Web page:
An unexpected benefit of ageing

So many thing start going wrong with your body as you get older that it’s nice when the aging process actually provides something useful. As you can see at right, I wear glasses — have since fifth grade or so, and up until about eight years ago my vision prescription stayed roughly the same.

In 2012 I was told by my ophthalmologist that my near vision was starting to go and I would need bifocals. Luckily modern plastics technology has gifted us with progressive lenses so I don’t have that extremely obvious half-moon at the bottom of my glasses, but still, it was an annoying reminder that my eyes were starting to crap out on me. As there was no way to avoid it, I sucked it up, got the progressives, stuck it out through the week-long adjustment period until I could wear them without getting a humongous headache, and continued on my merry way.

And then three years ago, I was having problems focusing. I went in for a checkup, expecting to hear that my near vision had gotten progressively worse and I would need a new scrip. “Oh,” said the ophthalmologist after examining me, “yeah, your prescription has changed.”

“Near vision, right?”

“Actually, no. It’s your far vision. It’s improved.”

I blinked, which is kind of difficult in one of those “which one is better, one or two” eye exam thingies. “Come again?”

Well. As it turns out, people with myopia (nearsightedness) will start developing presbyopia (farsightedness) as they get older, as do many people with normal vision. However, in a myopic’s case the presbyopia starts to offset the myopia, meaning that your far vision actually starts to improve as you get older. The ophthalmologist said that I’d probably never have 20/20 vision, but I could expect my far vision to continue to improve until I was in my 60’s.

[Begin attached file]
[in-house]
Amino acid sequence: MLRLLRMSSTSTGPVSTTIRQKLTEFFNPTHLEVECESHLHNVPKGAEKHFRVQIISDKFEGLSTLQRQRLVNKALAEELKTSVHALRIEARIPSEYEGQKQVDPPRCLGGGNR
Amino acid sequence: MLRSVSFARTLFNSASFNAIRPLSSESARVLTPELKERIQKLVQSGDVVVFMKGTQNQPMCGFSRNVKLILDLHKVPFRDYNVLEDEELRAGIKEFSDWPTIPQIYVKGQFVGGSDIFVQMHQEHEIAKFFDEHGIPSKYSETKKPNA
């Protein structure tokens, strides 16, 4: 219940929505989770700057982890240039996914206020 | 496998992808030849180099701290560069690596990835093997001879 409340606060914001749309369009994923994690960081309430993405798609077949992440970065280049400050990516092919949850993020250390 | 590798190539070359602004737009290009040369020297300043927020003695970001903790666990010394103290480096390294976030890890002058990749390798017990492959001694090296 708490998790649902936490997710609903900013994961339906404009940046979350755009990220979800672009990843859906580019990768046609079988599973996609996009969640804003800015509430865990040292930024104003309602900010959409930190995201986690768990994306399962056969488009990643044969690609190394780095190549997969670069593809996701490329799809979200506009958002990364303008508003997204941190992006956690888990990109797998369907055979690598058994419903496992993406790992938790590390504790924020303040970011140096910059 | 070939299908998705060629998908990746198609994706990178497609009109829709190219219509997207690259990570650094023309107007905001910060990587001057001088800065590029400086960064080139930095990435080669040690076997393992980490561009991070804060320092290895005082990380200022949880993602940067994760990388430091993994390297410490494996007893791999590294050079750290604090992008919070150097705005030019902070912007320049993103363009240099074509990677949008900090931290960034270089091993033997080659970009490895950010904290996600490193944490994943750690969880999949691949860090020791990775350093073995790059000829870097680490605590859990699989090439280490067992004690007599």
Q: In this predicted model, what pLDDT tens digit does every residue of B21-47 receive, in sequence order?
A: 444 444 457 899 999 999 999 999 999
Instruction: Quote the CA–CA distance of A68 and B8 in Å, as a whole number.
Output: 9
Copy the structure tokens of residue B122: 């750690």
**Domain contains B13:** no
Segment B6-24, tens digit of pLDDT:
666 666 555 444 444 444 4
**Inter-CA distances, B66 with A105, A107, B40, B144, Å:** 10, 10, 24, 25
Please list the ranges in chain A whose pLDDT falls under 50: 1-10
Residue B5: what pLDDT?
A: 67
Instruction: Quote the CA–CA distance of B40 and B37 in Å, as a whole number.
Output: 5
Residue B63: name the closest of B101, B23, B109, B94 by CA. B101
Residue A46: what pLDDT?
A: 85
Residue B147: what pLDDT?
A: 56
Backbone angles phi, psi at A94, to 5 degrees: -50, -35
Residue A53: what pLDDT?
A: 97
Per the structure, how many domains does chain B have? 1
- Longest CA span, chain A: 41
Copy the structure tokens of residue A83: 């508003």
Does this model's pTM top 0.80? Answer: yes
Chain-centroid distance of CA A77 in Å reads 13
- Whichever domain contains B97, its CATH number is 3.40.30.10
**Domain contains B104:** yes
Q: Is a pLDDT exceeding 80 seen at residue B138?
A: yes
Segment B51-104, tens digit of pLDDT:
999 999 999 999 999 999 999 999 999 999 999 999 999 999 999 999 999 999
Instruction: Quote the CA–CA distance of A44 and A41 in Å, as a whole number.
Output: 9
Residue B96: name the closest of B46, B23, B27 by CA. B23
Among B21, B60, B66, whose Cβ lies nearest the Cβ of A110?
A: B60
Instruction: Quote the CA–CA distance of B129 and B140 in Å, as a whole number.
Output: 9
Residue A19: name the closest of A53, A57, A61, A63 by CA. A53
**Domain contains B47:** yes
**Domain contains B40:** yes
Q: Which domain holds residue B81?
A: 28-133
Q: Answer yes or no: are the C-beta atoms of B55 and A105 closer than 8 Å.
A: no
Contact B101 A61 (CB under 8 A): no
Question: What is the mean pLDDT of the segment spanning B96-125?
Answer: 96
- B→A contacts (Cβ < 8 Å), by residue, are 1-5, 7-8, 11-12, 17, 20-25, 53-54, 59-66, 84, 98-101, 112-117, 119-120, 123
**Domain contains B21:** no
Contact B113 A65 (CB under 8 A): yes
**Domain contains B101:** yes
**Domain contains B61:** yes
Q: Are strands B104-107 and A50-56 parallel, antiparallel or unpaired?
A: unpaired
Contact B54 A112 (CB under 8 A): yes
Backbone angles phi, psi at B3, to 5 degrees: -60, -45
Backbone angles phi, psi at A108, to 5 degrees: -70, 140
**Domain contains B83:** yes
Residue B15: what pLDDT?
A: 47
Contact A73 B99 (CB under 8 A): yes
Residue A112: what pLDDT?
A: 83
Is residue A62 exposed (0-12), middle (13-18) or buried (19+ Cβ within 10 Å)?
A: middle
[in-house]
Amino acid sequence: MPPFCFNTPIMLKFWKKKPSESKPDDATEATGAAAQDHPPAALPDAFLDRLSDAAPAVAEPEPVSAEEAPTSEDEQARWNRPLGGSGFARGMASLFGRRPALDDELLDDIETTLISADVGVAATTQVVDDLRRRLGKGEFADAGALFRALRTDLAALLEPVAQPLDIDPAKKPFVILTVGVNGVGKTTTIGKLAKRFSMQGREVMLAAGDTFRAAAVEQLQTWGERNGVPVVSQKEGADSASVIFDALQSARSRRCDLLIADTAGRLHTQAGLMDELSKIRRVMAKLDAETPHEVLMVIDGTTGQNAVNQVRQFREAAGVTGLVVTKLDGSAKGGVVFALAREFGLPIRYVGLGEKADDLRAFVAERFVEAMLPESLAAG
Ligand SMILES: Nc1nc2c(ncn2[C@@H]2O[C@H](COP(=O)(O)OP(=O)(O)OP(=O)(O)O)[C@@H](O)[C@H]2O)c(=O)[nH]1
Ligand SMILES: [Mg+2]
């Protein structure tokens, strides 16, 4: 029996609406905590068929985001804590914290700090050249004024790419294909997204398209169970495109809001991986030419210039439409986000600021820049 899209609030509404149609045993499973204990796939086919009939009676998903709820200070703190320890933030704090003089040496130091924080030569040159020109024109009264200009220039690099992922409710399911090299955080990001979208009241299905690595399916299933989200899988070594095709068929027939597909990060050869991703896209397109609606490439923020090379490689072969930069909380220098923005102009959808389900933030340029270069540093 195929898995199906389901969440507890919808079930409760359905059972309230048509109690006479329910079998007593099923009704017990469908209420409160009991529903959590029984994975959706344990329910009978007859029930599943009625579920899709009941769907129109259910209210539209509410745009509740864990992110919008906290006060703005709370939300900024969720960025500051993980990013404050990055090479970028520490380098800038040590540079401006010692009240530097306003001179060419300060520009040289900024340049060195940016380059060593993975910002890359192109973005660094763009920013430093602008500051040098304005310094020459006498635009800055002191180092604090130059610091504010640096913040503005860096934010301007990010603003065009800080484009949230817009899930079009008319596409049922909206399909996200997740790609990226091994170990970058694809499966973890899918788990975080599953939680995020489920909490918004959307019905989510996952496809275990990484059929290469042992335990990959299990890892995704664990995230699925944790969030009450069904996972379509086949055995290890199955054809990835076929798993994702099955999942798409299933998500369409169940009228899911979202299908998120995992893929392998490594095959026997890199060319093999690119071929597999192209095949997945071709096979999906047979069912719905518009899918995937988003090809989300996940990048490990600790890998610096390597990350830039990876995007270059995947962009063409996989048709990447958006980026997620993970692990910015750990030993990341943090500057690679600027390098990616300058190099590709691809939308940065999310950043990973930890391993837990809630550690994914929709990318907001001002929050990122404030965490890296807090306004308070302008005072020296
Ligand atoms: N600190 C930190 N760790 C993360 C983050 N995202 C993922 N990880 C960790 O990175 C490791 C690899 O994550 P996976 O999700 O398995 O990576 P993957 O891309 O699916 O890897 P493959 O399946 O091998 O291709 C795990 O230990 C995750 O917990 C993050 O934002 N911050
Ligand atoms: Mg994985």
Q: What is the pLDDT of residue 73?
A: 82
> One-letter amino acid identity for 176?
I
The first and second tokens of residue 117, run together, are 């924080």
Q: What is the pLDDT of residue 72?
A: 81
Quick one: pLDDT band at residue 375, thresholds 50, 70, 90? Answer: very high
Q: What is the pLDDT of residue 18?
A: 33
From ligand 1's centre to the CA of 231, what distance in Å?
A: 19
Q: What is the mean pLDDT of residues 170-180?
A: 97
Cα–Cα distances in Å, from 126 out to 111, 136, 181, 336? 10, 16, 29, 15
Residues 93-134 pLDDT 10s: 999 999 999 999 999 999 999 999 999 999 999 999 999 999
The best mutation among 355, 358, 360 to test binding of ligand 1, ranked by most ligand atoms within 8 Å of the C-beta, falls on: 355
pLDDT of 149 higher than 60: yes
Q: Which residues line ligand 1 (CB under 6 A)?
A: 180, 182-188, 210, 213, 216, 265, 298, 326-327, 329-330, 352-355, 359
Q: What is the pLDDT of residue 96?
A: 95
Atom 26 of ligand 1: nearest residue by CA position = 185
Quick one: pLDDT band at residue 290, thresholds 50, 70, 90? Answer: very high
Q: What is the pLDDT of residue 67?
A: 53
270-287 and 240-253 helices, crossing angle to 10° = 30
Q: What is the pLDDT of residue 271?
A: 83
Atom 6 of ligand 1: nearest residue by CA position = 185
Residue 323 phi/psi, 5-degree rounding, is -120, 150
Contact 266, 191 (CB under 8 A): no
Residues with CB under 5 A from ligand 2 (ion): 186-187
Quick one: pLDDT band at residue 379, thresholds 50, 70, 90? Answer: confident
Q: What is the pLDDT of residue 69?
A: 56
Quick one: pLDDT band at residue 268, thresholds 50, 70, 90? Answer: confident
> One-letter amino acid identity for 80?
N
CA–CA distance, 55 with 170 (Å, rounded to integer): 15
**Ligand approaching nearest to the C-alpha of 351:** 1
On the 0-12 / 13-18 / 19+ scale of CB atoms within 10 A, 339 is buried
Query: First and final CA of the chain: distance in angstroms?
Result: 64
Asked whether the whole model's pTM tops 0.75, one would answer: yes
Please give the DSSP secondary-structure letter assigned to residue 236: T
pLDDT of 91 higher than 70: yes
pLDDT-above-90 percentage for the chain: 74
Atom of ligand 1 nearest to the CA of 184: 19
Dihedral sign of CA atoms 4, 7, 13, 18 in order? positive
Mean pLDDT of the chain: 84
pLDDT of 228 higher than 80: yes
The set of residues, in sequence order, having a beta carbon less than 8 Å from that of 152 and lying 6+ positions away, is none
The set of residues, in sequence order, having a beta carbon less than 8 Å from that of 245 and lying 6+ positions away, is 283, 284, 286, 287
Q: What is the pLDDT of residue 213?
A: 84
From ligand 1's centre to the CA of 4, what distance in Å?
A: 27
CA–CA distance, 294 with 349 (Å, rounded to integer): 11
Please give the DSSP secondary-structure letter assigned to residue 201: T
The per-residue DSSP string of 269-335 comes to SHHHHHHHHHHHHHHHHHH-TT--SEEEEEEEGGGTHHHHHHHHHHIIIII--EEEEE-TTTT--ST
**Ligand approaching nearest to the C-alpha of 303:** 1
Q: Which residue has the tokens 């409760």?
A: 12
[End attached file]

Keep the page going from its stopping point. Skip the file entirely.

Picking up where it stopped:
Why am I bringing all this up? Because, dear reader, my far vision has very clearly changed again in this last year, which has resulted in me leaving my glasses off whenever possible (unless I’m driving or need to see the TV) so that I don’t get a headache. I can see my computer just fine, both the laptop and desktop, and I have  cheaters for any sort of up-close work. I was finally able to get into the optometrist’s office in June after they reopened from the pandemic shut-down, and yup, my far vision has improved to the point where I only need a bit of correction in my right eye (left eye’s improved as well, but it’s always needed more correction than my right eye).

Thing is, I got used to wandering around without glasses for the first time since fifth grade, so I’m still doing it unless I have to drive somewhere or watch TV (frankly, wearing the new glasses is weird because it’s hard to see the floor, something the optometrist warned me would happen). And I have to say — have my eyes always been this deep-set or did I just not notice because of the glasses?

About nicolacameronwrites

Nicola Cameron has had some interesting adventures in her life -- ask her sometime about dressing up as Tietania, Queen of the Bondage Fairies. When not writing, she wrangles cats, makes dolls of dubious and questionable identity, and thanks almighty Cthulhu that she doesn’t have to work for a major telecommunications company any more (because there’s BDSM, and then there’s just plain torture...).

Posted on July 13, 2020, in Uncategorized. Bookmark the permalink. 1 Comment.

  1. pyrophobicburner

    My left eye is close to 20/20 now, I need an eye exam and new glasses!

    (My mother warned me about this when I was 12 or so. I’d been looking forward to it, in fact!)

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